5 Intriguing Behaviors of Rutting Elk (Videos)
The elk mating season (the rut) takes place every fall, prompted by shorter day lengths. Males (bulls) breed with a number of females (cows) during this time, and exhibit a few fascinating behaviors. I was disappointed to miss the rut this year, but it peaked my curiosity. What elk behaviors did you observe? Here are a few interesting examples.
The breathtaking vocalizations of bulls during the rut are known as bugles. A bull may bugle to show off for cows, assert dominance, warn others to stay away from his harem (group of cows sharing a mate), or challenge a bull to a fight. The other vocalizations of elk (chirps, barks, grunts) are also worth a listen.
A major part of bull elk behavior during the fall rut is fighting. As hormones rage, bulls engage in battles for dominance, and the ladies. The sound of their antlers crashing together is truly incredible.
3. Vegetation on Antlers
As I researched the rut, I came across several photos of elk with vegetation hanging off their antlers. I was intrigued. Is it because they get their antlers stuck in bushes? As it turns out, the elk actually dig their antlers through bushes and shrubs get this look, on purpose! It’s a way to assert their dominance. Though, it looks a little silly to me.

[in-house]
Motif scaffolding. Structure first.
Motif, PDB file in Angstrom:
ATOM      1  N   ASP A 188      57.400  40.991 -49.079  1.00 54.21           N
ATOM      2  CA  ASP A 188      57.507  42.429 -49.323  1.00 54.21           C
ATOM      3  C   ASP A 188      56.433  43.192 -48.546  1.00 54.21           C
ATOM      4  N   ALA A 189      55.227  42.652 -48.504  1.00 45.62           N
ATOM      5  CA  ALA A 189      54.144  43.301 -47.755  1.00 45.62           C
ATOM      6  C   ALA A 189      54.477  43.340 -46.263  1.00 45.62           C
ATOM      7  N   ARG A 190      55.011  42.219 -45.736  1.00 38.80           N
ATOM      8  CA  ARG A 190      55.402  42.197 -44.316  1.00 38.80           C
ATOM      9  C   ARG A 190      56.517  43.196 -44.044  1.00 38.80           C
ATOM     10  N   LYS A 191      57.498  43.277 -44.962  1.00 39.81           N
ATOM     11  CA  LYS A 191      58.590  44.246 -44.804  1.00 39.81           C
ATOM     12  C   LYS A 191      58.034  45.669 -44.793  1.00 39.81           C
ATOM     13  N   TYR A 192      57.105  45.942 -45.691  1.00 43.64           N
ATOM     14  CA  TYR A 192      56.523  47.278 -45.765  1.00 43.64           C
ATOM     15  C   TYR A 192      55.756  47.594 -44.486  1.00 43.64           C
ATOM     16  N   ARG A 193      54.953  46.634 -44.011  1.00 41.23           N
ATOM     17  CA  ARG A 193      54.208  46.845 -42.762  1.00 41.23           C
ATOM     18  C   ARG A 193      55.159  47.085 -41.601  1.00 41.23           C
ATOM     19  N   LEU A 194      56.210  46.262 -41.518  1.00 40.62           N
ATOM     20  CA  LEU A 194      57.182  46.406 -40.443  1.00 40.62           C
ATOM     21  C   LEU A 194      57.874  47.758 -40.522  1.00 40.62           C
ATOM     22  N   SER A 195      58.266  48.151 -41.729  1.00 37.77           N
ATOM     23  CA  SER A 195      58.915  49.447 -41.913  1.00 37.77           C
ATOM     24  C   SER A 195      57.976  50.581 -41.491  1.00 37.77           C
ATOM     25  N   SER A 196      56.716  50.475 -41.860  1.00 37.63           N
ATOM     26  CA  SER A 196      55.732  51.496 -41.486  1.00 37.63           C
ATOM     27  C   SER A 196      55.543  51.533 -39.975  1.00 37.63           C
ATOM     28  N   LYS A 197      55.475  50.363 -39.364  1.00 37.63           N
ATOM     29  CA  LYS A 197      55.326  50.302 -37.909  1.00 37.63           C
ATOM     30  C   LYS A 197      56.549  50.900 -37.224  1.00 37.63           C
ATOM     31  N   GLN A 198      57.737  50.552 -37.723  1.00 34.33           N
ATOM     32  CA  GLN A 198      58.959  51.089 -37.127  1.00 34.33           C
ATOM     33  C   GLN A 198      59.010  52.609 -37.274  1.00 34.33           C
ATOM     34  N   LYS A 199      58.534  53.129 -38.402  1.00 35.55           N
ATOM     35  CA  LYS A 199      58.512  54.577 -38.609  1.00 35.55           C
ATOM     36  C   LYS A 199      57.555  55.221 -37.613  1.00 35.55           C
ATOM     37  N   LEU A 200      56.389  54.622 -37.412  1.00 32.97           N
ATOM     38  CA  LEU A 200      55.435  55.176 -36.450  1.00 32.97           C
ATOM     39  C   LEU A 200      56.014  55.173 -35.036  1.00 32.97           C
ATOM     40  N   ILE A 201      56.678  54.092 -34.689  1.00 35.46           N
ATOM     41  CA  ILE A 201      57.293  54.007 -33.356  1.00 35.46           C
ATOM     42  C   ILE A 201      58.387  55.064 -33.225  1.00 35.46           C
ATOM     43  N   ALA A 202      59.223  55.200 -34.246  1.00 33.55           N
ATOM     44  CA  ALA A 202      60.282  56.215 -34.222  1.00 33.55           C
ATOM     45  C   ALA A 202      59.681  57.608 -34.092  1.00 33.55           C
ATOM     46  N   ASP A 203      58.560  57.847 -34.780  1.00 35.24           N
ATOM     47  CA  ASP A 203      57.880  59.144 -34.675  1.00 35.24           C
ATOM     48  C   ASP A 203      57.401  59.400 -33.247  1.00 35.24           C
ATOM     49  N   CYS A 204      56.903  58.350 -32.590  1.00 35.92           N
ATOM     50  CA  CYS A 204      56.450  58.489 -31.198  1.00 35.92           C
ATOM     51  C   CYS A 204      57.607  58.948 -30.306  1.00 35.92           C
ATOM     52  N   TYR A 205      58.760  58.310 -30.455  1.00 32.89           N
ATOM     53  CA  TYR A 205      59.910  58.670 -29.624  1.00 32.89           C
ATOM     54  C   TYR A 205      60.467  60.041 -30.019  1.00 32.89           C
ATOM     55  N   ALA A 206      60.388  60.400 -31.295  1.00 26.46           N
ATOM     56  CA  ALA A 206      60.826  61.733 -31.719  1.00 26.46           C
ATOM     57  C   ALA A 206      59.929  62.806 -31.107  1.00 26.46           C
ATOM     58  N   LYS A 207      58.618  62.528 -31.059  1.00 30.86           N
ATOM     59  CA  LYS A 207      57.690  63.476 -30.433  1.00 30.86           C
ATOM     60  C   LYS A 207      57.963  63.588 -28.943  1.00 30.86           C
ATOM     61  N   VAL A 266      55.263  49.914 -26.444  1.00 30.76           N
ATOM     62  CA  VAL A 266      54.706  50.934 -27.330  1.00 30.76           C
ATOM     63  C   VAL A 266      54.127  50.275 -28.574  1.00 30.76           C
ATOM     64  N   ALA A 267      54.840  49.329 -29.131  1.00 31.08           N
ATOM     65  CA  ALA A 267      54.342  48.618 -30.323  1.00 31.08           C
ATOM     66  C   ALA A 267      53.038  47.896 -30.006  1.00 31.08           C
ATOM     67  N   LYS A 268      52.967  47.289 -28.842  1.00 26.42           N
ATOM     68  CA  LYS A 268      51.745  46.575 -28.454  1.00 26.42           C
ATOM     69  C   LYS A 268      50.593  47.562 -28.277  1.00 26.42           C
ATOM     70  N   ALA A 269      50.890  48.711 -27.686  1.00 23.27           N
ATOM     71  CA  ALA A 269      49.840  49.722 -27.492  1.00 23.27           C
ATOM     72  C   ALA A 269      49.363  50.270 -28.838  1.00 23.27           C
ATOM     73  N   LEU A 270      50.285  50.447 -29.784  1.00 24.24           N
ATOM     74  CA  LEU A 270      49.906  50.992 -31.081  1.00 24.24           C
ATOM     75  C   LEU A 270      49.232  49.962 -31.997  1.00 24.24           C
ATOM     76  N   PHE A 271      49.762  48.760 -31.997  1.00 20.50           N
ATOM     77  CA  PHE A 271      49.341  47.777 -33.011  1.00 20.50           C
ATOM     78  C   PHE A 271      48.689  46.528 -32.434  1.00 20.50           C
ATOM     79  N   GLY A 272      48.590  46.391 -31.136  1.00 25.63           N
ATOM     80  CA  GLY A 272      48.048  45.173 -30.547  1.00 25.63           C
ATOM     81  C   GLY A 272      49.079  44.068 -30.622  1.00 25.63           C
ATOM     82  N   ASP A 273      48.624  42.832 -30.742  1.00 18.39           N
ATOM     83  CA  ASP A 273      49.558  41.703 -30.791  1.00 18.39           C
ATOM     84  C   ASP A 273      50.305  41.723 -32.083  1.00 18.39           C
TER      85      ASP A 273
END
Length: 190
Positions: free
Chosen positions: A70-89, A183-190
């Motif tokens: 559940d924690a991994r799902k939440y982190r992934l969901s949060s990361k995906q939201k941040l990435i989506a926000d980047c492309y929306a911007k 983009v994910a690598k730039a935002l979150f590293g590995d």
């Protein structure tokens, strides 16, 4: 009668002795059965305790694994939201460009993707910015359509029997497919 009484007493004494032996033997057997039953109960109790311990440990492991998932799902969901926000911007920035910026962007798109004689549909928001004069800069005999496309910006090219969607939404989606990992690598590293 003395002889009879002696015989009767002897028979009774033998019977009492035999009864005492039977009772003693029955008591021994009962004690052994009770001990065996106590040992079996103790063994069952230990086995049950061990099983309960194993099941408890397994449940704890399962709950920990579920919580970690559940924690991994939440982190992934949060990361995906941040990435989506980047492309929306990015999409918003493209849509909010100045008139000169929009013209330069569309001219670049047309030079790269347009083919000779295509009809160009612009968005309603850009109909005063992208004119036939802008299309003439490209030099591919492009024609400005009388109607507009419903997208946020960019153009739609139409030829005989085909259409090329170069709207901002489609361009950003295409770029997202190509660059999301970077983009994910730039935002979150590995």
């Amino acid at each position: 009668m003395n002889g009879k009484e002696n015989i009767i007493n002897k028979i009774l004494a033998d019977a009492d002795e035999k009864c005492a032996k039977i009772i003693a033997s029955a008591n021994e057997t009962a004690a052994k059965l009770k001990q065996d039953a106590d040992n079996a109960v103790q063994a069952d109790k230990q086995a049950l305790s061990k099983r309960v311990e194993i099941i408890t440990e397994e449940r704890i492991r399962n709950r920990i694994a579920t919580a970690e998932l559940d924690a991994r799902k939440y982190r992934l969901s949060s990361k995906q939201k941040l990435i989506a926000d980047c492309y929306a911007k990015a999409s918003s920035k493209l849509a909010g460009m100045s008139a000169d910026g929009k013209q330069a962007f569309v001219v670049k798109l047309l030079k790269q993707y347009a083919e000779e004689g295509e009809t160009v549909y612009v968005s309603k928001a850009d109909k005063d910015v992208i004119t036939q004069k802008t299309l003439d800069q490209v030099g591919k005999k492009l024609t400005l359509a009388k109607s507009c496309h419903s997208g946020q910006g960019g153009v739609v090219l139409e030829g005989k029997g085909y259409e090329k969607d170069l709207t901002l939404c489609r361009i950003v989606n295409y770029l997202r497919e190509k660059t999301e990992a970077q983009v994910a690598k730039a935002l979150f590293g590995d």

4. Wallowing in Mud
I found out that bulls not only wallow in mud, but in doing so coat themselves with urine “perfume” to attract cows. I’ve been told this (obviously) makes them smell pretty bad during this time. Whatever works, I suppose!
5. Raking Trees
Elk will rub their antlers against trees, shrubs and the ground to impress cows or show dominance. Prior to the rut, this behavior is exhibited as bulls shed the drying velvet from their antlers.
BONUS: Shedding Antlers
I found this video and had to share, even though elk drop their antlers in the spring, not during the rut. Each year bulls grow a larger set than the previous year.
Though the elk rut is over for the year, the deer rut is taking place across much of the country. Though deer aren’t as vocal as elk, males can be quite aggressive with each other. In some towns, including Missoula where deer are common, you don’t want to approach a rutting buck as they can be quite aggressive.
Wild Lands for Wildlife
Most elk populations in the United States live on federally managed lands (national parks, wildlife refuges, national forests, etc.). Check out the work NWF’s Northern Rockies and Pacific Regional Center is doing to protect wild lands for elk and other wildlife.